The Poetry of Thomas Hardy: A Handbook and Commentary

The Poetry of Thomas Hardy: A Handbook and Commentary

The Poetry of Thomas Hardy: A Handbook and Commentary

The Poetry of Thomas Hardy: A Handbook and Commentary

Excerpt

A professor teaching a course in the interpretation of poetry had adopted an anthology without footnotes, and assigned Hardy's "The Phantom Horsewoman." Then he studied the poem himself by examining the point of view, the diction, the expected ironies, the rhythms, the figures of speech, and the supposed symbolism, but the "ghost-girl rider" baffled him. "What does she symbolize?" he asked me. "Death, riding the pale horse of Revelation? Is she luring the man into the sea?" He thought of every possibility except a fact he did not know because he was unfamiliar with Hardy's life-story. I told him that the ghost is Hardy's memory in 1913 of Emma Gifford as she was when he had courted her in Cornwall in 1870. With this fact he was able to march to his classroom beaming.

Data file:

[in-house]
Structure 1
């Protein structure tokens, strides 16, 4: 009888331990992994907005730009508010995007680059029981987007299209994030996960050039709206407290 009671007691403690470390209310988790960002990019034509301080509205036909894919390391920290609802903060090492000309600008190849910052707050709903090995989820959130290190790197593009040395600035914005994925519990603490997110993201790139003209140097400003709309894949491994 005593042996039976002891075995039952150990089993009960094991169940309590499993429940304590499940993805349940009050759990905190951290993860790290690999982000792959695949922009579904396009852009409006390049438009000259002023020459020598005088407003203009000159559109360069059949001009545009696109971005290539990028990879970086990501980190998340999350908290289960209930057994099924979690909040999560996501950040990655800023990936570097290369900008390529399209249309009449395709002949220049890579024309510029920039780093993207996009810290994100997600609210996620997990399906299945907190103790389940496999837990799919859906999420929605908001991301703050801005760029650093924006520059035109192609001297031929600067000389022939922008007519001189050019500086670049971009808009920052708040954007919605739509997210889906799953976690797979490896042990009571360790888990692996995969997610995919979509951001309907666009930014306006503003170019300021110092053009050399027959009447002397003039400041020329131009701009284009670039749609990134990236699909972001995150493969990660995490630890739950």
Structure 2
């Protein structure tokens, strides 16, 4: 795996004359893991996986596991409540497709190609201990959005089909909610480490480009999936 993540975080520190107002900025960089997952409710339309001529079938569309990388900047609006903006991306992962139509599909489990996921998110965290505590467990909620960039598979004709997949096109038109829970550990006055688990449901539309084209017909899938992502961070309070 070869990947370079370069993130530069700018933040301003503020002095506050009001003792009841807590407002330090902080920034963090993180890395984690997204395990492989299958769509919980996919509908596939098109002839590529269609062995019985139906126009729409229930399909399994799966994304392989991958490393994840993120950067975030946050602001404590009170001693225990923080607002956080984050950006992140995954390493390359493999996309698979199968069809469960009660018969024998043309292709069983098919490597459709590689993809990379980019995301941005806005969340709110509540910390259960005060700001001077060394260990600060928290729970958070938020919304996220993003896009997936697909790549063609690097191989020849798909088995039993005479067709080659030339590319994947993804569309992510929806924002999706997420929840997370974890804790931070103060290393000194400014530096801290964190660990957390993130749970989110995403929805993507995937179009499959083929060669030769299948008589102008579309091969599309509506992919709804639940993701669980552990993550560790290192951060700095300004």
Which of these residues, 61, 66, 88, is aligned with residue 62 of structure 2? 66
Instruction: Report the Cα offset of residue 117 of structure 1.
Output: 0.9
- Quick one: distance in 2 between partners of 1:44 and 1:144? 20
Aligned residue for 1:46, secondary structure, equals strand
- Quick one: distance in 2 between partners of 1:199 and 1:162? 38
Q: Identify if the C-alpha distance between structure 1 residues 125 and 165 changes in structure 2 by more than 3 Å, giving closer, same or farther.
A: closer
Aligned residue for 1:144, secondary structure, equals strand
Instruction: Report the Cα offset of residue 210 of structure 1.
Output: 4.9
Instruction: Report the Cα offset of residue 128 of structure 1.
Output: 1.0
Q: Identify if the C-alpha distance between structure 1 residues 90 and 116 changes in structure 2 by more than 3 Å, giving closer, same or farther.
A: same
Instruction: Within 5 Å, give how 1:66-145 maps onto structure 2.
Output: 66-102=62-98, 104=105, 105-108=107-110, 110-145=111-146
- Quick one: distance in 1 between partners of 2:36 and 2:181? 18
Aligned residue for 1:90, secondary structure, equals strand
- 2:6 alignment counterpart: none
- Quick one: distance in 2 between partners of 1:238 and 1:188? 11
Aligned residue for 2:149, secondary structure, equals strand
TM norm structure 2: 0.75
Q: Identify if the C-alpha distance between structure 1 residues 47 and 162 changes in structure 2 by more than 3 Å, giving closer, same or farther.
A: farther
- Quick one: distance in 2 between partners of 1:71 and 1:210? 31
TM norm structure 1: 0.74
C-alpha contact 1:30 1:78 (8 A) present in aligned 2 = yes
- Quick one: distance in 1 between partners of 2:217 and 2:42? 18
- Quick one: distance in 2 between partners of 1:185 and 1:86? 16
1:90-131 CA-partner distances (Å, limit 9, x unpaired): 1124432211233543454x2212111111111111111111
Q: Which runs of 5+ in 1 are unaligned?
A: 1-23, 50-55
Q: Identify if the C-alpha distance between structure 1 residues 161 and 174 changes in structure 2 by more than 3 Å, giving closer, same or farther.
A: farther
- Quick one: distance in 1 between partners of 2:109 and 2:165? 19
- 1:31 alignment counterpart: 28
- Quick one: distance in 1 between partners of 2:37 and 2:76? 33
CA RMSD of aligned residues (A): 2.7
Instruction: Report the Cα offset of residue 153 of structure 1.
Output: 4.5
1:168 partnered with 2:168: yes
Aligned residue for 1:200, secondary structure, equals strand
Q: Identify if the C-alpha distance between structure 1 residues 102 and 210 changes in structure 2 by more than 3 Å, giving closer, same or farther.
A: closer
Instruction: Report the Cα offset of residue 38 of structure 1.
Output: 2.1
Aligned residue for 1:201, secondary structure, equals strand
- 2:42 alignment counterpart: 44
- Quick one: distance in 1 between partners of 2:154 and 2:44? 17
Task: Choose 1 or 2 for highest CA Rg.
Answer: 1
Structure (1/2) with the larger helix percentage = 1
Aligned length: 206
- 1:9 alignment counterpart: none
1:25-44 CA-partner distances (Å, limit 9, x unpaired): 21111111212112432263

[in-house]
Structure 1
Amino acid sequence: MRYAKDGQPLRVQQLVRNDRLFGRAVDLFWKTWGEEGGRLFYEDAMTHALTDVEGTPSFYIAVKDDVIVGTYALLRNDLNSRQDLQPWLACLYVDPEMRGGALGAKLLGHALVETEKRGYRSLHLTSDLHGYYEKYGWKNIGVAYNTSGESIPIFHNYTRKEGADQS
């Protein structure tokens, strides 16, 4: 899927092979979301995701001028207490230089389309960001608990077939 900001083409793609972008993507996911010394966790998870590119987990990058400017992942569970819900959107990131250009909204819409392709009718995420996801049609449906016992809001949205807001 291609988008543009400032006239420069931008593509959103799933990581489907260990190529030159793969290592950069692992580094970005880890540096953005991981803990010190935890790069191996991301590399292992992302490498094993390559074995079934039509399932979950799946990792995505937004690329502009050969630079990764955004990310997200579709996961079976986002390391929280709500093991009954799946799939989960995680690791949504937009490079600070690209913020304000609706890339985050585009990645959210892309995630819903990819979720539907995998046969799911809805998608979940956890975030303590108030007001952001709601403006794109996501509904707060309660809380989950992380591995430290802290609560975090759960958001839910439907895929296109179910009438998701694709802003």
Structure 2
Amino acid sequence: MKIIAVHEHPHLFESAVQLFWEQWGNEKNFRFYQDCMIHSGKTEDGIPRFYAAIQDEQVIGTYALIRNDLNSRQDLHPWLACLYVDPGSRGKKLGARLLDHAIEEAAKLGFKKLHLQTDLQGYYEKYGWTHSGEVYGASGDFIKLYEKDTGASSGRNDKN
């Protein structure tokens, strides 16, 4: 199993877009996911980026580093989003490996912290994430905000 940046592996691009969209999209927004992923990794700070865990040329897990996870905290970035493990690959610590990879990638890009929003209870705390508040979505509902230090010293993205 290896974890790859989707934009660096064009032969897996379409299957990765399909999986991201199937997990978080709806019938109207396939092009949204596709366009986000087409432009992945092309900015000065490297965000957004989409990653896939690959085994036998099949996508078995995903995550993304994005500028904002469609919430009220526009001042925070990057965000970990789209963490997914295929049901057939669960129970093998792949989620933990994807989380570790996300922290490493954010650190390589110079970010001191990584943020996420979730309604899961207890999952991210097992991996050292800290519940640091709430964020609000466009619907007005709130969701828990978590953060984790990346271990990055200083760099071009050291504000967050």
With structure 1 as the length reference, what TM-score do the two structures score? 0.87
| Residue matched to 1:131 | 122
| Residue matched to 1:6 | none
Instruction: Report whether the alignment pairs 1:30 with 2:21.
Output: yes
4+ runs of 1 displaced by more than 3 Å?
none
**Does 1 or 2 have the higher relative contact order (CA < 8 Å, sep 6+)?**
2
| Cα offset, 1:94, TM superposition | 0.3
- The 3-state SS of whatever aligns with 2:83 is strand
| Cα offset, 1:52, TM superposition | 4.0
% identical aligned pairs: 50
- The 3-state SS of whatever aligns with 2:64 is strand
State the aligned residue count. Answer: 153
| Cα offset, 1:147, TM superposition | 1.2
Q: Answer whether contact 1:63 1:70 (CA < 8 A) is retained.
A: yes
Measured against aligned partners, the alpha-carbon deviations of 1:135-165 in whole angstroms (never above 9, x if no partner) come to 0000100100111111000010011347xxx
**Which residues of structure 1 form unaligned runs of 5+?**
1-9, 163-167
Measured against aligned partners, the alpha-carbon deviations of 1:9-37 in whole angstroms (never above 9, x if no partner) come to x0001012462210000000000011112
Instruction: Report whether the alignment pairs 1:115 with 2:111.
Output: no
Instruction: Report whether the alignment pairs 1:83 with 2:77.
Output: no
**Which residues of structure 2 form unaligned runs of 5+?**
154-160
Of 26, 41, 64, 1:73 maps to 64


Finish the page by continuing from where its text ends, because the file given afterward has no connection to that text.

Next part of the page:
I. A. Richards, to discover whether students can judge poetry without some hint, at least, of facts the poet had in mind, conducted an experiment among his undergraduates reading English for an Honors Degree at Cambridge University. He distributed on printed sheets poems without title, author's name, or other facts external to the poem itself. One of the poems was Hardy's "George Meredith." Richards asked the students to write critical evaluations. The responses exhibited complete confusion about what the poem said, and the evaluations ranged from condemnation of the poem as worthless to extravagant praise. Students said: "It arouses no emotions in me. I understand what it says, but feel no interest in it." "I feel there is something wrong with this poem. Perhaps it is that the poet plunges too quickly into his subject; he does not pause to create an atmosphere." "The second verse is nonsense. The second line of verse four is particularly poor, only excelled perhaps by the second line of the last verse. Who ever heard of anything so strained, so artificial as 'The world's vaporous vitiate air'? The effort was not worth the ink . . .

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